Young girls in today’s society have acclimated to the comments.
I’ve been catcalled by grown men since I was in middle school. My grandmother asked me to be more “ladylike” when I was a tomboy — I belched in response. My middle school principal said I shouldn’t wear shorts to school because it was too sexual, even though I was wearing black leggings underneath them. And a friend’s boyfriend sophomore year remarked that I couldn’t possibly hurt him if I punched him because I’m a girl. I proved him wrong.
Girls And Video Games
But in video games, I get to escape these comments. I become Commander Shepard, the Dragonborn, The Champion of Kirkwall, or “Boss,” the leader of the Saints.
All of these characters can be male or female. It’s up to the player to determine the sex, and when you play as a female, you still command respect. That’s because non-player characters (NPCs) created by programmers don’t care about your gender.
But when I play Multiplayer games, I don’t deal with NPC’s. I deal with random, human beings.
I typically don’t announce my gender in these games, and even though I use a female avatar, most players assume I’m a male.
Sometimes, however, it comes up in a chat session, or if I’m feeling rambunctious, I’ll mention it on purpose.
For example, once I was playing on a game called Paladins. There are five people on a team, so we had a five-person “party.” I had been online with three of the players for awhile. A fourth, “Carlos,” joined to complete our team.
While I was waiting for our team leader to return and start the game, I decided to do my nails. Of course, as luck would have it, he arrived right as I was in the middle of my third finger.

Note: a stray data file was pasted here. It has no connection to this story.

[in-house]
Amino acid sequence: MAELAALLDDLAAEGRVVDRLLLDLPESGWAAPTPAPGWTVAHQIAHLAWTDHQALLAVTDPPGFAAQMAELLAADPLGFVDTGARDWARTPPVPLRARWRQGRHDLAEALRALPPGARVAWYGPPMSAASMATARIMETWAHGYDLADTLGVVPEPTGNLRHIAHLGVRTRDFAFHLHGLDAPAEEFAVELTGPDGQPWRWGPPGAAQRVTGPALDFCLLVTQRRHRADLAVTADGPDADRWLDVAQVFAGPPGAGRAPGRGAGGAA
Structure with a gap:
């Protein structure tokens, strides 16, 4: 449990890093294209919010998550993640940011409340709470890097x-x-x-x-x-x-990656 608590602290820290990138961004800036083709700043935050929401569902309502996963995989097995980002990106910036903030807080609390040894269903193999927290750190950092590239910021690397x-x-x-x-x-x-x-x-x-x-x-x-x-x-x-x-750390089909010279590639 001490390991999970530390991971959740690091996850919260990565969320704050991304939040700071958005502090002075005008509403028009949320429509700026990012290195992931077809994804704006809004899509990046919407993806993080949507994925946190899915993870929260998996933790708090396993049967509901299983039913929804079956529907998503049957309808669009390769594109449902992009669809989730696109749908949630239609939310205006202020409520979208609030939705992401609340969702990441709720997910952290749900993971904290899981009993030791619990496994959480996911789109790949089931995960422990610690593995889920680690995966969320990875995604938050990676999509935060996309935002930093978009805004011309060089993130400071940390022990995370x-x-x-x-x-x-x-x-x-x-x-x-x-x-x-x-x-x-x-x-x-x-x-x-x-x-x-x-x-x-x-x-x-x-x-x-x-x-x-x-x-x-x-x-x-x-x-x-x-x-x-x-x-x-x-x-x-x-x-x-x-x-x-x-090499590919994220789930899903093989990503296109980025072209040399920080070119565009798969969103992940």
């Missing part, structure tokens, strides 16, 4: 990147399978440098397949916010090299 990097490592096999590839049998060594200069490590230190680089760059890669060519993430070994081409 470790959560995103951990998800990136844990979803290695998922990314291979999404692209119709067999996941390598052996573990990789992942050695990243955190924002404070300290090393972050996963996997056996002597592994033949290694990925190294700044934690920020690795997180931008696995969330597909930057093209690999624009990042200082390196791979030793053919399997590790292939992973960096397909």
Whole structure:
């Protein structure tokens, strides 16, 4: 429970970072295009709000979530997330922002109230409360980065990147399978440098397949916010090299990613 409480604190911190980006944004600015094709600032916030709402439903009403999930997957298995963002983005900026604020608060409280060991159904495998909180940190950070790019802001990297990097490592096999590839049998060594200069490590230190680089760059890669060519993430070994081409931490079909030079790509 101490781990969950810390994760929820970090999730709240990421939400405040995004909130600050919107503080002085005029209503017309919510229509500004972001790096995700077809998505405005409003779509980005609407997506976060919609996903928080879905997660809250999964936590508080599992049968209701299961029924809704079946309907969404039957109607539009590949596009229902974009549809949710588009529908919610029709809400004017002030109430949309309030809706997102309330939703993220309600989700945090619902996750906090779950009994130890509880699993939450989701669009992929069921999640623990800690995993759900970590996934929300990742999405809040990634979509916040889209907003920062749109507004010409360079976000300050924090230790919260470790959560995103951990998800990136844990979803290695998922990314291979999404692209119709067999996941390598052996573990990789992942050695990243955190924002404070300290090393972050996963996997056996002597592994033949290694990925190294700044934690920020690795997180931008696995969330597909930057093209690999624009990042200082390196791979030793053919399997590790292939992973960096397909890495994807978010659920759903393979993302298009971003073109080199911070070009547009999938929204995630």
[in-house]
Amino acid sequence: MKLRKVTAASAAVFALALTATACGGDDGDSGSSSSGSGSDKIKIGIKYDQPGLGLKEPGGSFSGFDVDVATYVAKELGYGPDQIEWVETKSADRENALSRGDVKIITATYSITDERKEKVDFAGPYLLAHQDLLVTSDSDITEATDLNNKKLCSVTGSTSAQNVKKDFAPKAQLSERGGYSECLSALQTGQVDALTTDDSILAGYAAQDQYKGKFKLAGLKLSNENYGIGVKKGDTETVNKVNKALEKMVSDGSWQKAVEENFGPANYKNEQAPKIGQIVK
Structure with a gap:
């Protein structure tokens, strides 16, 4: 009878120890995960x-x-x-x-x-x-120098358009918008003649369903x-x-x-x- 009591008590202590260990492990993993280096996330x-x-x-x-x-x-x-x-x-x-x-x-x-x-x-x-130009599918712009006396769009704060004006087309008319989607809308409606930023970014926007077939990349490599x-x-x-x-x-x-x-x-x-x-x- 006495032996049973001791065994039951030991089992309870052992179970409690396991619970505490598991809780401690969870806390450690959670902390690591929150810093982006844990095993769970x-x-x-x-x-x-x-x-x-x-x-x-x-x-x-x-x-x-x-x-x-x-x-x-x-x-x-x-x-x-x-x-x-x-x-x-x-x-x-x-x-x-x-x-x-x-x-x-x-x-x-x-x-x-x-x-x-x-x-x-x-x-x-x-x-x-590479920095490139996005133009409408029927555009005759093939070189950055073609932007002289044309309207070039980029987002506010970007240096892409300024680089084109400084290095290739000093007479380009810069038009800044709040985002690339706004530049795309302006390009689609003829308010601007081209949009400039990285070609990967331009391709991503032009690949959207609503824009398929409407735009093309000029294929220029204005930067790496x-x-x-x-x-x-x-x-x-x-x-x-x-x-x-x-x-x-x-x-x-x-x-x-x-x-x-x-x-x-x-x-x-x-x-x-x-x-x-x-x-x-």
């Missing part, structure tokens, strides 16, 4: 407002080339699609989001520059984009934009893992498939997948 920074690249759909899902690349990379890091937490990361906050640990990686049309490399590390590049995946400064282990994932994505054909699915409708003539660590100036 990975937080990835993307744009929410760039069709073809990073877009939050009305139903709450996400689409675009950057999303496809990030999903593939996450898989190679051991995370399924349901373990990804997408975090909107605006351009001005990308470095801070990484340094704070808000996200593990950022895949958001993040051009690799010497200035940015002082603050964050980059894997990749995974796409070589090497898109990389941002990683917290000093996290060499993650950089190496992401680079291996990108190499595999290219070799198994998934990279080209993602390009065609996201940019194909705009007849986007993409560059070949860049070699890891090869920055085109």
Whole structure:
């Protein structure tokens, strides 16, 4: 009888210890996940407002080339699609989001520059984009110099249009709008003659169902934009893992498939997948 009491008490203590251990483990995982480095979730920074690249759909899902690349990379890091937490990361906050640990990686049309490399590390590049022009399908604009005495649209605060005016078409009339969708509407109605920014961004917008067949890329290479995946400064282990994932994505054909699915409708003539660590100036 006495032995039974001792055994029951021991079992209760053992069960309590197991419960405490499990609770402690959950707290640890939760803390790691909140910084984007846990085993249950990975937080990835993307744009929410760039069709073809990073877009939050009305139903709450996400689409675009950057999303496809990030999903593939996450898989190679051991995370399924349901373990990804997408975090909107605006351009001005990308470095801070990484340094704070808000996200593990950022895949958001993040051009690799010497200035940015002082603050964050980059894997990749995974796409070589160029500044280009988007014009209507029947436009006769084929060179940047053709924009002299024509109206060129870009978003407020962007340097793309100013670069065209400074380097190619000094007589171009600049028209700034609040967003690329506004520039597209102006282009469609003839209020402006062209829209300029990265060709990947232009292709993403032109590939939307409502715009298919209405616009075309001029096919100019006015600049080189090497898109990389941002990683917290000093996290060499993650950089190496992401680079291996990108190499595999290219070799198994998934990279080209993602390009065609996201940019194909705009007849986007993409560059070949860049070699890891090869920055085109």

“Ugh,” I typed into the chat. “I just started painting my nails.”
Gender and Video Games
Now, I admit, I did not plan on this comment outing me, but I was curious to know if the rest of my team knew my gender. I had been playing with this group for awhile and it had never come up.
“What? Are you gay or something?” Carlos replied.
Not the best response, I thought to myself. “I’m a chick,” I wrote back.
“What? Girls can do that?”
I didn’t respond. I hadn’t received this reaction before.
I’ve seen the guys who bought into the over-sexualized “Gamer Girl” stereotype, and I’ve met some who thought that girls weren’t “real” gamers or that they were invading their male space.
But never had I encountered anyone who did not think girls capable of pressing sequences of buttons that then translated into virtual movements.
The party leader typed: “I know. It’s weird. I was shocked when I found my first one too.”
I laughed at this point. Do they not think we have fingers? Or do they believe we females have small little devices in our brains that put us into a state of temporary paralysis if we open a game? Do they think the gaming police will come by and tell us to stop?
Questions like this continued to swirl through my mind as we entered the match. I found guys who didn’t care about my gender, men who instantly sexualized me, and even males who hated me just because I was a woman.
But thinking that girls who played video games didn’t exist? Well, that was a new one.
I tried to take a step back. There were so many worse responses I could have received from the party members. They weren’t acting malicious or disgusting like so many other instances in my life. They just didn’t know better.
We kept playing, but Carlos left at the end of the match. The rest of the team, however, continued, and treated me just as they did before I outed myself.
I don’t play video games to tear down these preconceived notions of “Gamer Girls” or other stereotypes. I play them because I enjoy it.
For the girls looking into gaming, and the worried parents observing them, don’t be afraid, pushed around or discouraged. If you’re not great at a game, it’s not because of your gender — it just takes time.
But don’t engage with toxic players. You can report them if need be, but don’t engage. And most importantly, find a group and make friends. Games are so much more enjoyable when you connect with others.
In gaming, as in life, we may be whoever we aim to be — and the only thing in our way is the people who think otherwise.